Prince Moody sat in the back row of a Student-Athlete Advisory Committee meeting in Pearson McGonigle Hall, his second gathering as Temple’s new director of diversity, equity and inclusion.
He quietly typed away notes on his computer as he allowed leaders among athletes to guide the conversation.
That’s how he prefers it.
Midway through the meeting, SAAC president and Temple gymnast Jackie Terpak gestured for Moody to introduce himself to the group.
“It’s your time to shine,” Terpak said.
After briefly explaining his background, mission and goals for better understanding what he calls the “student-athlete experience,” Moody sat right back down, gesturing for the SAAC executive board to continue running the meeting.
Moody isn’t a hands-off leader, nor is he a distant adviser. He’s trying to listen and learn in his first few months. Terpak described him as the type of adviser who lets the students drive the conversation because he values the work they do.
“I think our voices are being heard because those conversations honestly started within the students. It wasn’t by the administration,” Terpak said. “Now we’re seeing it go to administration with our new president [Jason Wingard] and our new athletic director [Arthur Johnson]. We’re seeing it evolve and come from admin now.”
Moody took over as associate athletic director of DEI in July, along with the role as SAAC’s new adviser. He brought with him a wealth of experience to the role at Temple.
The DEI position itself is a new one in the Owls’ athletic department in response to the conversation started by athletes.
Temple SAAC and interested athletes took the initiative to start “Owls for Justice” after the unjust killings of George Floyd, Ahmaud Arbery, and Breonna Taylor in 2020. The student-led organization set out to advocate for racial equality and social justice on and around campus.
Three months later, Temple athletics organized a 22-person DEI committee made up of various coaches and staff members, including deputy AD Craig Angelos, associate AD of Compliance Kristy Bannon Sromovsky, and associate AD of mental health Stephany Coakley.
“It shows they’re listening,” said Manny Ikeocha, a freshman soccer player and SAAC director of DEI. “Things are always going to change. If we have people in high places making decisions that aren’t listening to their student-athletes, then nothing is going to go right for us or the university. I think they’re adapting well to the changes.”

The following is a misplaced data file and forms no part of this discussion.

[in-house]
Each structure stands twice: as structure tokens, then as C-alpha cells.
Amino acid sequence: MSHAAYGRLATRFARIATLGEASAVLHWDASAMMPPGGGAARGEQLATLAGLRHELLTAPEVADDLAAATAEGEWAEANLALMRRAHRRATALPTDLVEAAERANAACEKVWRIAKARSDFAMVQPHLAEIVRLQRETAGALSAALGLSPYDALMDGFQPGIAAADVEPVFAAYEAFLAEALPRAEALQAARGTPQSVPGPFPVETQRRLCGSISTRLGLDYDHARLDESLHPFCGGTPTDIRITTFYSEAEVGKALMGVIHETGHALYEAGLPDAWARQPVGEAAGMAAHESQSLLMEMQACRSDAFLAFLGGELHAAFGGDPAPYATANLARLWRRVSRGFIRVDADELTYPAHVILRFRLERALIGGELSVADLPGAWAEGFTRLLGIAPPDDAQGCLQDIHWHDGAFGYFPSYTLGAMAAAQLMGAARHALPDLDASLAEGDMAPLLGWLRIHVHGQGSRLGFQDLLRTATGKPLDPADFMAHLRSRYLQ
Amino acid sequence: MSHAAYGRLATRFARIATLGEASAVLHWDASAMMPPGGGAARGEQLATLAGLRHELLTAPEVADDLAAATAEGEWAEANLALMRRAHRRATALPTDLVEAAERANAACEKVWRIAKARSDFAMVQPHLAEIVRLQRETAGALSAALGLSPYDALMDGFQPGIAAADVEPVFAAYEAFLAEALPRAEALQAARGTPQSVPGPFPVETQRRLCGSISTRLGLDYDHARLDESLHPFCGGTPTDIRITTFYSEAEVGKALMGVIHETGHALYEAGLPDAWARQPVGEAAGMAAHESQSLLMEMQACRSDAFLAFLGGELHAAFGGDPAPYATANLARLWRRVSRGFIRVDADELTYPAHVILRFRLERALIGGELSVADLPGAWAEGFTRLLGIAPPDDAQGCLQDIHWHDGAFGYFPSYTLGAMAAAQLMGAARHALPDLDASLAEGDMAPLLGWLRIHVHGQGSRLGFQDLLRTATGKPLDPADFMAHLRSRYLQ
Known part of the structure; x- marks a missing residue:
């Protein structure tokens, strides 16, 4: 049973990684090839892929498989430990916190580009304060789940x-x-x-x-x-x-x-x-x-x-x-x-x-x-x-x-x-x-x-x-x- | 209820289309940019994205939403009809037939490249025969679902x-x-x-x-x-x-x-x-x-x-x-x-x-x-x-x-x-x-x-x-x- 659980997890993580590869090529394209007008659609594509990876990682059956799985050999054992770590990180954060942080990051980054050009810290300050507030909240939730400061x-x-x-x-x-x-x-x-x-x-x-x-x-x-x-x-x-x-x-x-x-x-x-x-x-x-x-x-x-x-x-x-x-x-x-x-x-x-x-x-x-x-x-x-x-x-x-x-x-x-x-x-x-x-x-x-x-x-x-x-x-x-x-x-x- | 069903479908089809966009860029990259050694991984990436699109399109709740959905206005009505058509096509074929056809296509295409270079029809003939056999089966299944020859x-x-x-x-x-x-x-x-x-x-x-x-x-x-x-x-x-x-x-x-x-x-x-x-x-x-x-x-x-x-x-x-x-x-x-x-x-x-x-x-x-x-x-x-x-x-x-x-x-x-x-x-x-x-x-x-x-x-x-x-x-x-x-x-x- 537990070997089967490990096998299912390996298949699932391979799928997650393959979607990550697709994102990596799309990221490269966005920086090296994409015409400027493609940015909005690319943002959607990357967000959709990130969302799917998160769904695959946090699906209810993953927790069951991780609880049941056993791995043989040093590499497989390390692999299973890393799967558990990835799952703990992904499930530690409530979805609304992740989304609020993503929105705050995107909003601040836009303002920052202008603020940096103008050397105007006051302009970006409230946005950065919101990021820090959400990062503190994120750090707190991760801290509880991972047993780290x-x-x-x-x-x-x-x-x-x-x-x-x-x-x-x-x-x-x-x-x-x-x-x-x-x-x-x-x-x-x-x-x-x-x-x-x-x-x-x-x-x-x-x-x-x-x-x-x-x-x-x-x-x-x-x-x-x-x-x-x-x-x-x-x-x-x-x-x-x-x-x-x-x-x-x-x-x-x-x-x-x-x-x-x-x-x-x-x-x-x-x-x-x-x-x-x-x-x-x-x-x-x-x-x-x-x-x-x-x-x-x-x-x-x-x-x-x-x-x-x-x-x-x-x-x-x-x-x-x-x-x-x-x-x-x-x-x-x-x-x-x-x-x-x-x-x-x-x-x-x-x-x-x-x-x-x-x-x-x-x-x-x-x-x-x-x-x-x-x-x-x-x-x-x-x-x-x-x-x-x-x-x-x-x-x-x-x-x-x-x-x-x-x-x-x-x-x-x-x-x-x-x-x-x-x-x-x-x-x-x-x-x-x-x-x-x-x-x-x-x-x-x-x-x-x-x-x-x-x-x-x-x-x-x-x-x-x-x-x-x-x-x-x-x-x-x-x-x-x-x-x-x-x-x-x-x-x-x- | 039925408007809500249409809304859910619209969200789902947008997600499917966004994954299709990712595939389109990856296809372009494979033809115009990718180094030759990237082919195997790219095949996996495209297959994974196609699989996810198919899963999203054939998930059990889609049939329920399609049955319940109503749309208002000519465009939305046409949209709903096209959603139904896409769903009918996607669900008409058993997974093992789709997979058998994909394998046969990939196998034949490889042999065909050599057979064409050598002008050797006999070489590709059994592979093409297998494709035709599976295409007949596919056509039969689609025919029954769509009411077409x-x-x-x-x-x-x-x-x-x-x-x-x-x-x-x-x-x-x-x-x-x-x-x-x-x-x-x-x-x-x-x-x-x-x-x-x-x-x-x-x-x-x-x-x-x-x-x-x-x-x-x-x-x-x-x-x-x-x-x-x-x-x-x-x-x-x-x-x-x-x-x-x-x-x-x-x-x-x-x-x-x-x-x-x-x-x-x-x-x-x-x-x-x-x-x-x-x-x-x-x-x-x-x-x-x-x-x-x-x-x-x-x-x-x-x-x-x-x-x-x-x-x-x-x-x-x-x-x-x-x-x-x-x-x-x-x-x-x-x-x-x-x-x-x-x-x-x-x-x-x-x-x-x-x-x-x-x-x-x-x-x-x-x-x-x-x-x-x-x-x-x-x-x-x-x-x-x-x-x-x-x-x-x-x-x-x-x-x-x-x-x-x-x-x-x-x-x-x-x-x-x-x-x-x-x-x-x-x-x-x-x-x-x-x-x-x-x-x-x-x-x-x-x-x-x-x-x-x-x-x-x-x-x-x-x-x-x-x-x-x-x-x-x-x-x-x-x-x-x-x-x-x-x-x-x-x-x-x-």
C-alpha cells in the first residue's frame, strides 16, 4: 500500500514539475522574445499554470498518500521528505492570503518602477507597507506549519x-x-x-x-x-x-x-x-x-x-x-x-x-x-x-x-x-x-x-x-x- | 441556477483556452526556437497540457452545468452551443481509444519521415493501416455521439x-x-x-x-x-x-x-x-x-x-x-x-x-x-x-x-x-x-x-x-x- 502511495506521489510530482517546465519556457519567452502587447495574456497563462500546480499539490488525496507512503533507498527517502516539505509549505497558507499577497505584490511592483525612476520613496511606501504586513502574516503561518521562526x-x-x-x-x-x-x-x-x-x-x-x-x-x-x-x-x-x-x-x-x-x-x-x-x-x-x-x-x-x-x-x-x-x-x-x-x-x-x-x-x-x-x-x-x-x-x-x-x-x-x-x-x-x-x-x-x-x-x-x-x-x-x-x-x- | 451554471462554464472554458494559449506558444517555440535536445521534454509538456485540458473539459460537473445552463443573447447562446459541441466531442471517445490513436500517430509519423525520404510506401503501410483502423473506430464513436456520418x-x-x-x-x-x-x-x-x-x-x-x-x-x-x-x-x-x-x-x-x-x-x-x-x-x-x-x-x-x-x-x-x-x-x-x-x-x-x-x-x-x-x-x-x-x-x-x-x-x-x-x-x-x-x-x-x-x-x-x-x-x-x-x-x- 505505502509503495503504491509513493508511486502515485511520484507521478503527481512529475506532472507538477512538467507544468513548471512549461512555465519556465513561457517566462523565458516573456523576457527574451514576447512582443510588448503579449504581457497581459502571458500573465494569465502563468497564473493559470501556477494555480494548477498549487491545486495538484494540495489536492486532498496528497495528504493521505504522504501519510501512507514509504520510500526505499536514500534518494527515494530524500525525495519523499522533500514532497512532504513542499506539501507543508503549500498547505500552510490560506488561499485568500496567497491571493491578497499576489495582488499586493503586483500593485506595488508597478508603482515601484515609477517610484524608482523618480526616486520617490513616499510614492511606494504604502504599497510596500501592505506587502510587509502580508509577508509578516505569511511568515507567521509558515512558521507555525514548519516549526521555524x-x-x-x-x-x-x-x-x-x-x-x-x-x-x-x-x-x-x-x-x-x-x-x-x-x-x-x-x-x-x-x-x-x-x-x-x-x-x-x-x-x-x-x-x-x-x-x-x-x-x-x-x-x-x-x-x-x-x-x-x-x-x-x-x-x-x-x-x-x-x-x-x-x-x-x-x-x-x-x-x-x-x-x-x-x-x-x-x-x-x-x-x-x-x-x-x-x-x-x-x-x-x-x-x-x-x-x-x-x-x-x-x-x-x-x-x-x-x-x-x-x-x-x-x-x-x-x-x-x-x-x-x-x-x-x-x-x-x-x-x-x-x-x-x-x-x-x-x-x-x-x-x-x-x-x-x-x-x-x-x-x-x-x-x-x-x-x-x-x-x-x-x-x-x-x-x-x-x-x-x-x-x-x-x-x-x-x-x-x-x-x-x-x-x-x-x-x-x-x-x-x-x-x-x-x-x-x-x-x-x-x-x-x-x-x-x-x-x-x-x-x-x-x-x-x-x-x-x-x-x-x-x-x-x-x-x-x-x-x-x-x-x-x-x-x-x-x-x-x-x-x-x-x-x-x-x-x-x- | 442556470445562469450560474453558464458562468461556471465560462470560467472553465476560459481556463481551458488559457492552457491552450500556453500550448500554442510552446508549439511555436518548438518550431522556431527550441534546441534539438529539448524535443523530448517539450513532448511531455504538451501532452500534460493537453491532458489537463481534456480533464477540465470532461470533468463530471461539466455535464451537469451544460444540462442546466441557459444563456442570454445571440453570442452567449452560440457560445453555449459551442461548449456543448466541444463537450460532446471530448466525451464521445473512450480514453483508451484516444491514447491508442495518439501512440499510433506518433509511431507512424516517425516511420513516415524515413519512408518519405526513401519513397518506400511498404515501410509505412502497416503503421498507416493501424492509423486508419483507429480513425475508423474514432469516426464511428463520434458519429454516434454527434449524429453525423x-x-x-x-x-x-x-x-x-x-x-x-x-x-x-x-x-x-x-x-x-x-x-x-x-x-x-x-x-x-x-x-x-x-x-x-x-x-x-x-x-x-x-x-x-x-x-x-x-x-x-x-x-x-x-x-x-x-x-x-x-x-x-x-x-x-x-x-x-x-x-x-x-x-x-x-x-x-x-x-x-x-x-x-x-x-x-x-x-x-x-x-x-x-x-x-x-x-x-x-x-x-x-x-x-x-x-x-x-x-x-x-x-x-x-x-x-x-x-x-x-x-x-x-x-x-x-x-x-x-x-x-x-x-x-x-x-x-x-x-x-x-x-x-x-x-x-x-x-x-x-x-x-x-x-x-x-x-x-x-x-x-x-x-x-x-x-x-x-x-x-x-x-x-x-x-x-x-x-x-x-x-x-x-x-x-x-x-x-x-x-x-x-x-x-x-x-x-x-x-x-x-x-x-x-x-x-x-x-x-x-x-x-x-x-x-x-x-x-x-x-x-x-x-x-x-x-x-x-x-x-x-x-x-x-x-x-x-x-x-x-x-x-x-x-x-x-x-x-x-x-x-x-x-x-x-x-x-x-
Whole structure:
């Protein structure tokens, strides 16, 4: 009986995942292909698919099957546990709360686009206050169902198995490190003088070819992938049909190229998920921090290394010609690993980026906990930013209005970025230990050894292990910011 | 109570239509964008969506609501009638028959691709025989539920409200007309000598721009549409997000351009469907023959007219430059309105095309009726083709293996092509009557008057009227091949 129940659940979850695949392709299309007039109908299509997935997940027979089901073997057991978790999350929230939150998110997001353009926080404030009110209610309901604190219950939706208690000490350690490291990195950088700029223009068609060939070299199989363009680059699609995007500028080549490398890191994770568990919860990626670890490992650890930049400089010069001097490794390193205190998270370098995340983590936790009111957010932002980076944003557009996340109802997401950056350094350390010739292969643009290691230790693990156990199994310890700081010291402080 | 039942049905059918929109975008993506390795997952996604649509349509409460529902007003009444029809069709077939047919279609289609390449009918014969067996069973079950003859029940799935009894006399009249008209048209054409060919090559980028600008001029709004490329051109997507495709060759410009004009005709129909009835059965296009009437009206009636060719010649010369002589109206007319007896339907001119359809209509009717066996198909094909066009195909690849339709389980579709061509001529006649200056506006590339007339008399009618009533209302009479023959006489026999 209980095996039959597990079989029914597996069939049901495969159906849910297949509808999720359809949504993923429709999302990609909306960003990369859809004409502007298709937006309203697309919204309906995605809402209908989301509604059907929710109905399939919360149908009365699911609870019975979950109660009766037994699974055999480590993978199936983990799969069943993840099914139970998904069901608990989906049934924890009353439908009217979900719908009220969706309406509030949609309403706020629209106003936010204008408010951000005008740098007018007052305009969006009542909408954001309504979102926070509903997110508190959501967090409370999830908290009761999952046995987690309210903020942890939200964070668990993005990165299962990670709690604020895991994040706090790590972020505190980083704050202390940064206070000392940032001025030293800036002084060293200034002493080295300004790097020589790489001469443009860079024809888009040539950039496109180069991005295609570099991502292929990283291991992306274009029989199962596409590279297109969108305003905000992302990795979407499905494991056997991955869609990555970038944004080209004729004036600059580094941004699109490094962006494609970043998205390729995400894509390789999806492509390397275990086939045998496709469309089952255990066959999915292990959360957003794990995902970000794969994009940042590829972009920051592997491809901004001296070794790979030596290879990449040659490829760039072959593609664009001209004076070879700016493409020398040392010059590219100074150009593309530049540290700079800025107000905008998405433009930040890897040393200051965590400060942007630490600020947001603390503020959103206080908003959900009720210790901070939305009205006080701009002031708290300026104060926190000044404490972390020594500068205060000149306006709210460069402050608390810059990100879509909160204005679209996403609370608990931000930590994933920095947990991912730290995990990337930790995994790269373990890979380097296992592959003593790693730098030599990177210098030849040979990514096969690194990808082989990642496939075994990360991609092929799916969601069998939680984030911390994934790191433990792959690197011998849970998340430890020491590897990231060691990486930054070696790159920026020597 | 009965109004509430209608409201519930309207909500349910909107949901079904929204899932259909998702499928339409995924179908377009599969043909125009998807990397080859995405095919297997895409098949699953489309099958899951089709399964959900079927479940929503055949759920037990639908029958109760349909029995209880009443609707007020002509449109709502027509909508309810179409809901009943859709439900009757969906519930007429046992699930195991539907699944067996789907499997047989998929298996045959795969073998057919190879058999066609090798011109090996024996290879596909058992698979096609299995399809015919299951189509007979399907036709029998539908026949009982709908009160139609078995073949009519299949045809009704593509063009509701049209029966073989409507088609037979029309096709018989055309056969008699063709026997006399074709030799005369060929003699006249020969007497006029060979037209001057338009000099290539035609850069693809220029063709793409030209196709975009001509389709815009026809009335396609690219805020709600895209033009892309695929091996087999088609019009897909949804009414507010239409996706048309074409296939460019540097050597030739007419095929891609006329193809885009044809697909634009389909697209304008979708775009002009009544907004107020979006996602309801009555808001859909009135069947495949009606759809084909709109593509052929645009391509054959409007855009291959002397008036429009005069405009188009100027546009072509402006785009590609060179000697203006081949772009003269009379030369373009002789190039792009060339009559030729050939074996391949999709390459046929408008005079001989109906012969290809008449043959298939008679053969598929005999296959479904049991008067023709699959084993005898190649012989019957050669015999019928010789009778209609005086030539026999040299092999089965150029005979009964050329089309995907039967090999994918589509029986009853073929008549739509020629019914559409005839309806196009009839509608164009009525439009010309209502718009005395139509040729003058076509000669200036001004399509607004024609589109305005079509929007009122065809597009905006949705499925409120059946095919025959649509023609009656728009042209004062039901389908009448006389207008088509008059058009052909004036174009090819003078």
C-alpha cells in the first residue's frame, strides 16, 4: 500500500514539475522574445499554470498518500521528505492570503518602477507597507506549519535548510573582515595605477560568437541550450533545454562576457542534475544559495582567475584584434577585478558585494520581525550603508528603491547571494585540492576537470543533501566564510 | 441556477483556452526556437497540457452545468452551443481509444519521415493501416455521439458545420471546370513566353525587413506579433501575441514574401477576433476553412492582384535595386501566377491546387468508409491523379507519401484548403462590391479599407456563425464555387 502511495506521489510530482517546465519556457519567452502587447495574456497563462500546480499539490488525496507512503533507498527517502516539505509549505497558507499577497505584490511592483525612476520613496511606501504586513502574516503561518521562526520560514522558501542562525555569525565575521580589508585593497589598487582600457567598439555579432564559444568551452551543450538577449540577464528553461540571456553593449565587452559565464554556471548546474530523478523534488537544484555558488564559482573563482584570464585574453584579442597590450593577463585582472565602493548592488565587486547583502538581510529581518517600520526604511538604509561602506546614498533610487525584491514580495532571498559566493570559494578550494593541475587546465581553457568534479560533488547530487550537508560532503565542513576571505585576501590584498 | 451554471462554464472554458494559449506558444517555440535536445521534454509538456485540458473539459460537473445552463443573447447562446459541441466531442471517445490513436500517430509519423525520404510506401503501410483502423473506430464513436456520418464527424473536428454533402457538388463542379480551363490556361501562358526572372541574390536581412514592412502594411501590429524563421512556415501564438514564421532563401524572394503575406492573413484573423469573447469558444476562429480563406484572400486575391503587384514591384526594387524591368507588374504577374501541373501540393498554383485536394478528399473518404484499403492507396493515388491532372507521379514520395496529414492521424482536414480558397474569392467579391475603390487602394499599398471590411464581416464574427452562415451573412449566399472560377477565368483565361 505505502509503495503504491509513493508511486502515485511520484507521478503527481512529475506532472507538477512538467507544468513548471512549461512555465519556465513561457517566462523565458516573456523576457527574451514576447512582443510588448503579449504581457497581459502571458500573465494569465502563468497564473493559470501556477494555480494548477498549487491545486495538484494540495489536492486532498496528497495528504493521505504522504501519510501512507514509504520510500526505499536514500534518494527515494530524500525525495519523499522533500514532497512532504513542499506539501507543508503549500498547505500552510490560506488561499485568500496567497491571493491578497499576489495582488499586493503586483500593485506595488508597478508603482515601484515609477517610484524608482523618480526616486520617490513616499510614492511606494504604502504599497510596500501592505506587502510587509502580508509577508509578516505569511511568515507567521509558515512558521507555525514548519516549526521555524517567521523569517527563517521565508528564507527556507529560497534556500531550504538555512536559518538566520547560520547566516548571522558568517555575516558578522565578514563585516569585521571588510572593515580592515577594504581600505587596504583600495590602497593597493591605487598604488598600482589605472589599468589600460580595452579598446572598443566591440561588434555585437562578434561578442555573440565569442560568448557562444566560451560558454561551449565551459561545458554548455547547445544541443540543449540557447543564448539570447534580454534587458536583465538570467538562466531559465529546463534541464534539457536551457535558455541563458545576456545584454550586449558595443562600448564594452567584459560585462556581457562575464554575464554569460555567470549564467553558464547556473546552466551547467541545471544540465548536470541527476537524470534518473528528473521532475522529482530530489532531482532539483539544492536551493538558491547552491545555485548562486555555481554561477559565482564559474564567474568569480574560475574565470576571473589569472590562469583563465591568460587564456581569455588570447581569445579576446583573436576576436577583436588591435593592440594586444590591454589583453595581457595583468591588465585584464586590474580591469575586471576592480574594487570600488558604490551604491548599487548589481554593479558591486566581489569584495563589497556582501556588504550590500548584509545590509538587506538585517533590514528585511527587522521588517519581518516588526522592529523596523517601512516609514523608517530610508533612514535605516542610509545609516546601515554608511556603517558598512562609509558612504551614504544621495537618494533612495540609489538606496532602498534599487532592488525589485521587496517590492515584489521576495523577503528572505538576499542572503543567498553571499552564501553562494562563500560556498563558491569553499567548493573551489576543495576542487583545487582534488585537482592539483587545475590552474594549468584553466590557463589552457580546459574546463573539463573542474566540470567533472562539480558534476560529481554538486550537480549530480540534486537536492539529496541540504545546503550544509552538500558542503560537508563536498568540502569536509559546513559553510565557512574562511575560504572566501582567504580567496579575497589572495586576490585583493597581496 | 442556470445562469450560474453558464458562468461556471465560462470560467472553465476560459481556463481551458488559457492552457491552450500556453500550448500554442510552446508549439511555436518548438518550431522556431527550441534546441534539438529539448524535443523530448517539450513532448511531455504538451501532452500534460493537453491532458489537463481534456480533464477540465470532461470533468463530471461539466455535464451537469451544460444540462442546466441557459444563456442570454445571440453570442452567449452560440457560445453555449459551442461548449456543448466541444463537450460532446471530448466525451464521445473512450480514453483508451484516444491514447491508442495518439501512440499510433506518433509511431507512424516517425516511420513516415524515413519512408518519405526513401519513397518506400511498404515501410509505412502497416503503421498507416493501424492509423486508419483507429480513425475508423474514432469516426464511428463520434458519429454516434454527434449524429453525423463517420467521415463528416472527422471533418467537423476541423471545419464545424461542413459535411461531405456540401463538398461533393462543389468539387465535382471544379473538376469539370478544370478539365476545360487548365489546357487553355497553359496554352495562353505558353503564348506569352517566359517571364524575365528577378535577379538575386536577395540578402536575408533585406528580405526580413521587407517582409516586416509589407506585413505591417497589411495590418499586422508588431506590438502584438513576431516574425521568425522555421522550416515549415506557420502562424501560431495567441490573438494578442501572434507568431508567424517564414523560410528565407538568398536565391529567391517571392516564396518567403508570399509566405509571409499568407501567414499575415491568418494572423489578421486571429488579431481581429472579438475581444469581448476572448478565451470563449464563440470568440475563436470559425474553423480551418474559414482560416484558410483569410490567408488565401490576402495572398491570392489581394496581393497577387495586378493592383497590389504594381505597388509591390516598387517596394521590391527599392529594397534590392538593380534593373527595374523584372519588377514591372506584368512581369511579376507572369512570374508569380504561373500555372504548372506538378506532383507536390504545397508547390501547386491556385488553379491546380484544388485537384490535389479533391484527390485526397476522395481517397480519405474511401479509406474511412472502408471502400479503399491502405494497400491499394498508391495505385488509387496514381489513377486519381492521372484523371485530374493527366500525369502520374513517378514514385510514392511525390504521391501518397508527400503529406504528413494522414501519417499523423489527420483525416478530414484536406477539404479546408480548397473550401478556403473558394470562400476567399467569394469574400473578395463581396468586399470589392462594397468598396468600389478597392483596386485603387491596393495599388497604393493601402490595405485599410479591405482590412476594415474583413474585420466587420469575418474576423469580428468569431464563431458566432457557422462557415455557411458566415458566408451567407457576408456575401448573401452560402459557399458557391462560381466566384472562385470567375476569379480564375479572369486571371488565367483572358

In large part, Moody was hired to expand upon those foundational conversations and apply his expertise to create comprehensive programs that improve the sense of community across the athletic department.
“The reason why I’m here is because of the work they did before me,” Moody said. “Last year allowed the athletic department to examine what was going on. I think Temple did a really good job of taking accountability, like, ‘Hey, we can get better and we want to get better.’”
Moody previously served in the support services office for athletes at Ohio State. Before that, he worked in athlete development at his alma mater, Wisconsin, where he played defensive back from 2005-09.
He was involved with an athlete-led program called Beyond the Game at Wisconsin, emphasizing leadership, communication and self identity. With the Buckeyes, he worked alongside Redefining Athletics Standards, a student organization connecting and giving a voice to Black male student-athletes.
The latter was organized in response to a 2018 story in the Lantern, Ohio State’s student newspaper, that revealed the low enrollment rates of Black male students. Moody helped spark a conversation that bridged the gap between athletes and advisers, similar to the genesis of Owls for Justice.
“A few years ago people didn’t feel as free to speak. No matter how much [former SAAC adviser Olivia Wynn] might have said, ‘Use your voice.’ It wasn’t a norm,” Terpak said. “I feel like more people back then thought it would be complaining, the conversations that we’re having.”
Moody’s goal is to better understand Johnson and Wingard’s vision for the future of the department, and figure out how he can become an extension of what they want to accomplish.
They will start by engaging the North Philly community — which surrounds the campus — and getting people out to games while building relationships with local entities. Moody saw Ohio State’s Olympic sports teams play in front of sold out crowds — something he envisions for Temple.
Temple intends to run a university-wide climate survey in January for students and staffers, according to Moody. Having a helping hand in that while learning more about the university’s objectives will help Moody better fulfill his new role.
“I don’t know what I don’t know. That’s the challenge,” Moody said. “The challenge is getting to know Temple and getting to know the community.”